My Journey of Self-Discovery
This uncertainty as to where it was that I belonged started me on a journey of self-discovery. This journey took me to the university, where, in the Middle Eastern Department, I started to feel that I did have a place. I started speaking Arabic with my Arab friends and studying Islam, which allowed me to feel a sense of past and belonging. However, I could not find evidence of the Bedouin community, either in the Israeli or Palestinian formal narratives. This prompted me to attempt to unravel the question of their obscurity by searching for and documenting these silent voices. I used anthropology as an avenue of research and as part of my Master's dissertation. I interviewed Bedouin men from the 1948 generation about their past. I became privy to a very rich historical discourse, detailing the old ways of life, their expulsion from their homes in 1948 and how they yearned for this old life.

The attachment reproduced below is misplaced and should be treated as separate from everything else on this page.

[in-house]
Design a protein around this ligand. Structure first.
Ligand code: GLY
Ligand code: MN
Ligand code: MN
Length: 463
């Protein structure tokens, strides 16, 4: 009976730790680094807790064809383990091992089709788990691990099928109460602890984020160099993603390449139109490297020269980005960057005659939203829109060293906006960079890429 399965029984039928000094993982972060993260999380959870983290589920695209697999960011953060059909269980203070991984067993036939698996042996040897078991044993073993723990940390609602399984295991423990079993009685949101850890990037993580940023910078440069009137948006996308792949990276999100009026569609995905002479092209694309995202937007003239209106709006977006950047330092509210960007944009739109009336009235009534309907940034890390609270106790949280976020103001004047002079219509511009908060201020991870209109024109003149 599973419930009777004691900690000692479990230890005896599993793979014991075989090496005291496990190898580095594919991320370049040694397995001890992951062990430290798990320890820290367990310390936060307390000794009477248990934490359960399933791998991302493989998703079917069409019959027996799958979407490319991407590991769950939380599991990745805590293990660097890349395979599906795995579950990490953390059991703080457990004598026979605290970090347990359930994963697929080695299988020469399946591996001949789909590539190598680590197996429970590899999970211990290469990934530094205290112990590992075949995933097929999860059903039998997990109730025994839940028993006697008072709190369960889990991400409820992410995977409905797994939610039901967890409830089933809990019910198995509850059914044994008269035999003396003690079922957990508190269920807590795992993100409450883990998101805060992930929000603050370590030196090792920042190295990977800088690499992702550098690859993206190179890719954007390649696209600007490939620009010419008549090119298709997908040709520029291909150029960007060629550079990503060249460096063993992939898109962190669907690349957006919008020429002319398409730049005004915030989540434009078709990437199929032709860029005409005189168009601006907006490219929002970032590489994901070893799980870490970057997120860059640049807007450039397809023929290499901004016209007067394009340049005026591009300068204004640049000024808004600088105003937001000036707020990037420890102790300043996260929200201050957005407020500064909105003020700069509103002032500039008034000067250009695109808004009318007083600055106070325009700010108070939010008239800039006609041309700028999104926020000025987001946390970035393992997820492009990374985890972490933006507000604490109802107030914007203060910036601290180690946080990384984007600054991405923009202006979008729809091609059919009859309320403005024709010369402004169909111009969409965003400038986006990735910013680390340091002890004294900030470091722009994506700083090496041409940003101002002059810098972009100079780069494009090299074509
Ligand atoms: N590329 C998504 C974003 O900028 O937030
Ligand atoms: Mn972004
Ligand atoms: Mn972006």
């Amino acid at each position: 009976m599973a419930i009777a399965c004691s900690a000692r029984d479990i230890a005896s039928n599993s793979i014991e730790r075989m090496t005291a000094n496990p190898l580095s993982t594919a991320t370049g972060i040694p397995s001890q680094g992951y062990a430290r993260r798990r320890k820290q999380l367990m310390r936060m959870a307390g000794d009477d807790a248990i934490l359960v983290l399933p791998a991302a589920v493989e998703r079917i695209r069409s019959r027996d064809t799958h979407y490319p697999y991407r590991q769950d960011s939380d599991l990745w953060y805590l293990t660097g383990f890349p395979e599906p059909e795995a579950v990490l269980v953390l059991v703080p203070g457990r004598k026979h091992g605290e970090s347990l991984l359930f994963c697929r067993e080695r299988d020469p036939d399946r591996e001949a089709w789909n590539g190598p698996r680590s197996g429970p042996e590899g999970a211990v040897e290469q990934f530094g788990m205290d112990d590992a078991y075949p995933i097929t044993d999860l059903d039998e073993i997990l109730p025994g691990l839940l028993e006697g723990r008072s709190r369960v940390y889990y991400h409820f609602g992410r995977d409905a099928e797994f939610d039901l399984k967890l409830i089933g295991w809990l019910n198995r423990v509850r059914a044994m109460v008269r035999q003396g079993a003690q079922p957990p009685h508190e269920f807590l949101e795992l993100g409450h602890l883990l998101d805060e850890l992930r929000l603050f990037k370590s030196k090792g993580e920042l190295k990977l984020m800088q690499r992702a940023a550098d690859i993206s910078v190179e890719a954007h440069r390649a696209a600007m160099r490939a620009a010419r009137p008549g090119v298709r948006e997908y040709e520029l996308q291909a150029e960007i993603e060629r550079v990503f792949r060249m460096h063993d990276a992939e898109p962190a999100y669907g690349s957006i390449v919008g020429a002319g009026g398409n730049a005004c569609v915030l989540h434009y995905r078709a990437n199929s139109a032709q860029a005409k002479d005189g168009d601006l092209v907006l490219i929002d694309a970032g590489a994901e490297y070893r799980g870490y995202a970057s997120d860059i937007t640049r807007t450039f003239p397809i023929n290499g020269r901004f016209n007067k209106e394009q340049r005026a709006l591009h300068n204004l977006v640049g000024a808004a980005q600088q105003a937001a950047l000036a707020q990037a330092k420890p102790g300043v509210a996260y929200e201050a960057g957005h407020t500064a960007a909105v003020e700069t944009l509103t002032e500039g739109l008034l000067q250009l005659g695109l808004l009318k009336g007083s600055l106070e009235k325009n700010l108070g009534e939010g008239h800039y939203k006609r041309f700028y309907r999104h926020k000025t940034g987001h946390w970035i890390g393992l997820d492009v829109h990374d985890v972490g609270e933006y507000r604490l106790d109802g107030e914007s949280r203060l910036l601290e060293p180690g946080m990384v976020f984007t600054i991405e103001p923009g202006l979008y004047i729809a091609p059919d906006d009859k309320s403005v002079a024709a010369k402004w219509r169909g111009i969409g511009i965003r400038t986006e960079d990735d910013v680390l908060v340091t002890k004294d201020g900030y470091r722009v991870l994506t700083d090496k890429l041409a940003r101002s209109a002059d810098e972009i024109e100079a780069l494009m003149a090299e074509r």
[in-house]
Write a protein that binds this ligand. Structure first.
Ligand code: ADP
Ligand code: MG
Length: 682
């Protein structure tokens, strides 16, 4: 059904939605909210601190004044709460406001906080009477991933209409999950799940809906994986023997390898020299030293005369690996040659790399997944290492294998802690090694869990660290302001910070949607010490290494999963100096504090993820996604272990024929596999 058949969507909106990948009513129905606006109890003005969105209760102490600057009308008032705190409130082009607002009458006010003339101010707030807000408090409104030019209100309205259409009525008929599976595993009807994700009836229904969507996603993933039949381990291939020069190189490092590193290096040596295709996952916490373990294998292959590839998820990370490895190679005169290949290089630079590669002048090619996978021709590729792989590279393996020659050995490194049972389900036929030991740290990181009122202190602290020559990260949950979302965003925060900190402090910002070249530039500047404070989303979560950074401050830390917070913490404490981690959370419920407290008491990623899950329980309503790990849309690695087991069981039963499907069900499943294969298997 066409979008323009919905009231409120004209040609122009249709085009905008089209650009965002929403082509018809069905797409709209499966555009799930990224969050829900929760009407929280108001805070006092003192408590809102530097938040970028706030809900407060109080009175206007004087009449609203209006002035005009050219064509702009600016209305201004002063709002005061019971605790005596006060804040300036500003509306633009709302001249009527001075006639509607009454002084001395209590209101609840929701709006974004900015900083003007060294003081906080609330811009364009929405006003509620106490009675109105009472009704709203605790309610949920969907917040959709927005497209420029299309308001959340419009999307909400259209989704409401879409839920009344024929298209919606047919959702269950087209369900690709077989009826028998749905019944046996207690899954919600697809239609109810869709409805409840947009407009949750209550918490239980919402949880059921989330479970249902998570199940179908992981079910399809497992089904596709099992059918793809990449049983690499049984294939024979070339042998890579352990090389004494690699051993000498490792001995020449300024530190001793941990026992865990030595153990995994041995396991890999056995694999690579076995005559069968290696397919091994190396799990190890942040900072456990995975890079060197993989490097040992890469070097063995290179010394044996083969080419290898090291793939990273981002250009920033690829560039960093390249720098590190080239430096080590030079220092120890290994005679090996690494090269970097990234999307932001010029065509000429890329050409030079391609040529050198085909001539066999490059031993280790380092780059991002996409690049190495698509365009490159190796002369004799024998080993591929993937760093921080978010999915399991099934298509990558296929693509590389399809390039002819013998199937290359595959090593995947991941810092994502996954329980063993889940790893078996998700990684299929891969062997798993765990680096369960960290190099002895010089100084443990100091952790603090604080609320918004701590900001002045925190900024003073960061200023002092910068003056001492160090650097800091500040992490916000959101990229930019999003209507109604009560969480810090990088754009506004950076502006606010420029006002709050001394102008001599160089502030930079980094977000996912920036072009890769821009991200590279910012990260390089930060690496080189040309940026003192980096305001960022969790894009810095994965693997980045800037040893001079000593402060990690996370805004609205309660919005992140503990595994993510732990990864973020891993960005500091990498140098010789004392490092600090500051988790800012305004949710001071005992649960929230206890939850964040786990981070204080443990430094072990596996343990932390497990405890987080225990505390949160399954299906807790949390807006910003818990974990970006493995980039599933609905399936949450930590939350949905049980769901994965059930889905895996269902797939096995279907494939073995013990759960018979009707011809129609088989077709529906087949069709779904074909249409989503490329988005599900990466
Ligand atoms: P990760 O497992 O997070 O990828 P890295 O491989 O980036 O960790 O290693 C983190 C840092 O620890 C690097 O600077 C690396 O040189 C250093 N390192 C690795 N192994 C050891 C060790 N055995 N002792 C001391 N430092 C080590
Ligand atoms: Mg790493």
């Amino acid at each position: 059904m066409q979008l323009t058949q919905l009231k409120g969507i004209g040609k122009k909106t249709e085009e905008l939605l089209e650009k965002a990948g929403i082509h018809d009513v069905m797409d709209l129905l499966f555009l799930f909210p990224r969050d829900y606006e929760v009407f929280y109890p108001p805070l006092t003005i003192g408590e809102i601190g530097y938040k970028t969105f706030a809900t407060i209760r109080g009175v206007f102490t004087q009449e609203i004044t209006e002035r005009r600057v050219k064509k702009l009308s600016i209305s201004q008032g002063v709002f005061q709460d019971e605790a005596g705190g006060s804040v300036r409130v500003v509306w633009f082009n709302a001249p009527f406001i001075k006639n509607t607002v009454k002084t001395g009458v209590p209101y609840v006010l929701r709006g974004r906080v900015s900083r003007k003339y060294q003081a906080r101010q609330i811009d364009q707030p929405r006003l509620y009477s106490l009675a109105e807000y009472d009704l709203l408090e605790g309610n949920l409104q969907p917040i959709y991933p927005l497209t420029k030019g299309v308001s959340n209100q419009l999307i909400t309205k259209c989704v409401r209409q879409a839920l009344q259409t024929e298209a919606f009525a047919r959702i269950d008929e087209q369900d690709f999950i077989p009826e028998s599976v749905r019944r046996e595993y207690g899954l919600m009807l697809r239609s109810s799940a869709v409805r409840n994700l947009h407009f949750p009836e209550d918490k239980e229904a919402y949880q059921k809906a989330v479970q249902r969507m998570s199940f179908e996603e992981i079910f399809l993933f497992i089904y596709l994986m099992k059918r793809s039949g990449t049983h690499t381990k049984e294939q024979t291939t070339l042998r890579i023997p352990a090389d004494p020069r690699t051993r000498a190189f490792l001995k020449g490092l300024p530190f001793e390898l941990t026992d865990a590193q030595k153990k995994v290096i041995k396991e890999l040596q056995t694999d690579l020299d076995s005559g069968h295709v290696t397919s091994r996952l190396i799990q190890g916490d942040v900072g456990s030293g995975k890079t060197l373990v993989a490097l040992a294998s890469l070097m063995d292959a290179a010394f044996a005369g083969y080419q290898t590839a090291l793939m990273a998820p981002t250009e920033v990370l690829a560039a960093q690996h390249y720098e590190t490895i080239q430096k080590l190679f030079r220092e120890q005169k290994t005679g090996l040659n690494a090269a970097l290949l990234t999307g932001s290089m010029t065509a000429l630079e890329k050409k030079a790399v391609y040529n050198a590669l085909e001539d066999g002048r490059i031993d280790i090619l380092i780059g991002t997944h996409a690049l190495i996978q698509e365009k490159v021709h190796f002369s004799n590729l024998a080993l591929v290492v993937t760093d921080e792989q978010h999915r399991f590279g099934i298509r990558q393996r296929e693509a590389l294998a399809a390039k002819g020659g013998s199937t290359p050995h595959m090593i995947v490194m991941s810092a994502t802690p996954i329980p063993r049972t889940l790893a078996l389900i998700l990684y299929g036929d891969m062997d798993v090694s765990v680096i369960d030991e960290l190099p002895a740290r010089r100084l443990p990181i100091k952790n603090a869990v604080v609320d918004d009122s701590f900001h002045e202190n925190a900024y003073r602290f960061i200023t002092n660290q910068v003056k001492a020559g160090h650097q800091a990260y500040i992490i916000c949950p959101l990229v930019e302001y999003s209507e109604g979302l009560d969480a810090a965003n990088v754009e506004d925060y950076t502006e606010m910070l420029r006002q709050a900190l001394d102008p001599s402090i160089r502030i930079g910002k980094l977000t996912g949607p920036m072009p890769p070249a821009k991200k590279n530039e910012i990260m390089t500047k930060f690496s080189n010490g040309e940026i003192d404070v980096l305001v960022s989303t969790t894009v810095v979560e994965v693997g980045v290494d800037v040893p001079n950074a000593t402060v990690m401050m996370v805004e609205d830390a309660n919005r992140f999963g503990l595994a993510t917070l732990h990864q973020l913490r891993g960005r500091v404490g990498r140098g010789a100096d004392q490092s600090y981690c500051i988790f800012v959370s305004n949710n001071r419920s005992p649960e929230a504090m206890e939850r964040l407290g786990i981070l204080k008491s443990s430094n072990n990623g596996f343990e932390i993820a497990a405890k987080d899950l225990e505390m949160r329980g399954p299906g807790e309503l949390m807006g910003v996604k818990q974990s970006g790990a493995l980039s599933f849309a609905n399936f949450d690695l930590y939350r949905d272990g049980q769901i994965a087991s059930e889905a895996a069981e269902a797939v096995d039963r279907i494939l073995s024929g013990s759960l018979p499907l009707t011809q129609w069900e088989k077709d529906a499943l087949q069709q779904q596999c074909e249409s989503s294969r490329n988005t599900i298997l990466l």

Looking for Bedouin Women's Voices
When I looked for the voices of Bedouin women, I could find nothing. Consequently, I decided to dedicate my PhD thesis to the task of finding a "her story" in Bedouin society. Every Bedouin man I spoke with insisted that women cannot communicate history. There are lots of Bedouin men who can tell you about 1948, they averred, but you will not find your answers by talking to women. This only stoked my curiosity further, but the women I met from the 1948 generation reacted in the same way, with avowals of ignorance as this was a man's job. "We did not participate in the 1948 war," they declared. "We were at home with the children…but my husband can tell you the history, as can my brother and my uncle."